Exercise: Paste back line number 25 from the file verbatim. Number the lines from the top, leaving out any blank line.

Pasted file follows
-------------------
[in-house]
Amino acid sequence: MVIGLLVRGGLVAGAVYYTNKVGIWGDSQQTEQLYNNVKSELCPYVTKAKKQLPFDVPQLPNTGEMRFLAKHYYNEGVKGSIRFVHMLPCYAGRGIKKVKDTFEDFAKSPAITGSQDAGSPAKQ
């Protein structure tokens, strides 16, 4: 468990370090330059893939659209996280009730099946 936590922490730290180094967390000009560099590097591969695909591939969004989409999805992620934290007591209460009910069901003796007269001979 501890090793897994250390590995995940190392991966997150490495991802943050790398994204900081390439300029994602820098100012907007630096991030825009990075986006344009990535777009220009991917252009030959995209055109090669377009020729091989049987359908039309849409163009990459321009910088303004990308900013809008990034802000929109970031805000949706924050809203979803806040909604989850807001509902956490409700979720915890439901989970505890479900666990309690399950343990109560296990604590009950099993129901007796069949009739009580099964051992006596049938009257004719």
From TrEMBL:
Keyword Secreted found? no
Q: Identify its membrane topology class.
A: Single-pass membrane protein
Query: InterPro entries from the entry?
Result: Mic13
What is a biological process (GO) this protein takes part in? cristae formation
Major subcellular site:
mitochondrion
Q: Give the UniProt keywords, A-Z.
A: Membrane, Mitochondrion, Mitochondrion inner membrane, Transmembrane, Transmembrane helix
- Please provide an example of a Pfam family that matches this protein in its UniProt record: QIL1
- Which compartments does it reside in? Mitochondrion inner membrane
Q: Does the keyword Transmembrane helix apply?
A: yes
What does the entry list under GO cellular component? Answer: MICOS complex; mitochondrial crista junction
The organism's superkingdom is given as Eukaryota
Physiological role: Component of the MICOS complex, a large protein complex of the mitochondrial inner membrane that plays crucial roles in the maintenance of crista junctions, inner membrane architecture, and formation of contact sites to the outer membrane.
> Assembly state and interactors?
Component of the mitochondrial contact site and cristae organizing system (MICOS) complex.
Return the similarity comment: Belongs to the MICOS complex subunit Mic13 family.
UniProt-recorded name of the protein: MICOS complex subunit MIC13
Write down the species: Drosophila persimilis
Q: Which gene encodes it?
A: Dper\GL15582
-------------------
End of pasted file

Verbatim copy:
UniProt-recorded name of the protein: MICOS complex subunit MIC13